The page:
China says it has successfully tested new fins on its Long March rockets to help guide spent boosters away from populated areas, possibly paving the way for development of reusable technology like SpaceX's Falcon 9.
China successfully launched a Long March 2C rocket on Friday using grid-fin technology to guide its spent booster to a landing spot in Guizhou province in the country's southwest, state-run Science and Technology Daily reported on Sunday, citing China Aerospace Science and Technology Corporation (CASC), a key contractor for the Chinese space programme.
The report said China was the second country to master the technology, after the United States.
Grid fins are aerodynamic control surfaces that are folded during the launch but deployed in flight. In the more sophisticated applications such as the Falcon 9, the fins manipulate the direction of the rocket during re-entry.
A Long March-2C carrier rocket carrying remote sensing satellites blasts off from the Xichang Satellite Launch Centre in Xichang, Sichuan province, on Friday. Photo: Xinhua alt=A Long March-2C carrier rocket carrying remote sensing satellites blasts off from the Xichang Satellite Launch Centre in Xichang, Sichuan province, on Friday. Photo: Xinhua
Shanghai-based online news outlet The Paper reported that the 2C's grid fins were developed by a team of about a dozen engineers, all under the age of 35.
The team also designed a new companion electrical control system to control the fins, taking about six months to complete the task.
China has conducted frequent satellite launches in recent years, including 38 last year, the highest total for any country in 2018. But landing safety has become an issue as traditional zones grow more populated.
Chinese media reported in January 2018 that a booster from a Long March 3B rocket created a massive fireball after it fell from the sky and exploded in a residential area, though no casualties were reported.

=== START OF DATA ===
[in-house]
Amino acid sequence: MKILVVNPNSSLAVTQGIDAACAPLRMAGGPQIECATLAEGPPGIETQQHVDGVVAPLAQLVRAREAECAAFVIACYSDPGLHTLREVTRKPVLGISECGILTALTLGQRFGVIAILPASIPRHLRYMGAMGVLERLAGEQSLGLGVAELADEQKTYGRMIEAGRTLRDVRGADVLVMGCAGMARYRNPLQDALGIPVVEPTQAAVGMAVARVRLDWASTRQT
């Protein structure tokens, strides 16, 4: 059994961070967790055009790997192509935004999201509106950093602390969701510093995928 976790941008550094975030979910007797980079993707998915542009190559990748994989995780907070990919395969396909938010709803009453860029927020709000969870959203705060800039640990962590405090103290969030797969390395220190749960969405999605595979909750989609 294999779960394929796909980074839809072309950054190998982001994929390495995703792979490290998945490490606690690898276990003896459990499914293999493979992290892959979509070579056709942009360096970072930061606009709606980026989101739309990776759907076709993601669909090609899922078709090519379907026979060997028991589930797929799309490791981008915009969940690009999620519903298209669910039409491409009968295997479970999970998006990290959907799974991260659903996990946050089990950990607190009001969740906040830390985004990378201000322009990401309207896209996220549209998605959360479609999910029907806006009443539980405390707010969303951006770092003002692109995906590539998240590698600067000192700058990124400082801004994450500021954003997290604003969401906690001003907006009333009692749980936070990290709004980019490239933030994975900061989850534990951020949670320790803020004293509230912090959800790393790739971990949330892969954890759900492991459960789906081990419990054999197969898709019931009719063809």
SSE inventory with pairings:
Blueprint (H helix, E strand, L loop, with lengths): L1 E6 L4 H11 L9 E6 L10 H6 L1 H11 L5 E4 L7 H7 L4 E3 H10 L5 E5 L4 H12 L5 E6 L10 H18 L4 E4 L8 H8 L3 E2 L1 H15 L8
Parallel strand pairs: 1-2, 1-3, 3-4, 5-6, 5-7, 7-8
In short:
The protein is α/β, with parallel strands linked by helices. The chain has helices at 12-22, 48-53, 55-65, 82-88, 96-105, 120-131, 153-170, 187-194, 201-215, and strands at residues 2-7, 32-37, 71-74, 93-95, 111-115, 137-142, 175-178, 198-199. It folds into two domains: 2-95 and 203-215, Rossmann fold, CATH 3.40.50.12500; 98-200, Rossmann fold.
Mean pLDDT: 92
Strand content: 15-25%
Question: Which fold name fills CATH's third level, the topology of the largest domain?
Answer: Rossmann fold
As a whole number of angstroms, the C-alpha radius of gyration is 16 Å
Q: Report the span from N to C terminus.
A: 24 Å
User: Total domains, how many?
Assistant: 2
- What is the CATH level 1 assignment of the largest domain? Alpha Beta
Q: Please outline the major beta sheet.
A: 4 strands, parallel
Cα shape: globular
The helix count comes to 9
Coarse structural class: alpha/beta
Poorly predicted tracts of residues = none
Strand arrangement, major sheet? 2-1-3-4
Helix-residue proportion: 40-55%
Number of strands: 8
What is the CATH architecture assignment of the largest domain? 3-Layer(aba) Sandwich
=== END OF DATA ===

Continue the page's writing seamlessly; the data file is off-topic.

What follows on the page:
And Shaanxi Television reported in May this year that debris was found on a motorway in northwestern China's Shaanxi province, with residents saying they heard a loud noise and saw an object fall to the ground.
Under existing arrangements, authorities in projected landing zones have to evacuate the areas each time, not only inconveniencing residents but adding to the economic cost and difficulty of the work, according to the The Paper. The grid fins are expected to help ease some of those problems.
"The successful test of the [grid-fin] technology is of great significance to solving the landing issue," the report quoted CASC assistant director He Wei as saying.
"It also lays a solid foundation for recoverable and reusable technologies."
Long Lehao, chief commander and designer of Long March 3A rocket series, said the development of reusable technologies could support large-scale development and use of space in the future, as well as make the space programmes more commercially competitive, The Beijing News reported.
Beijing sees space as an important driver for growth and an opportunity to promote hi-tech industries.
On Thursday, Beijing-based company iSpace became the first private firm in China to successfully launch a rocket into space.
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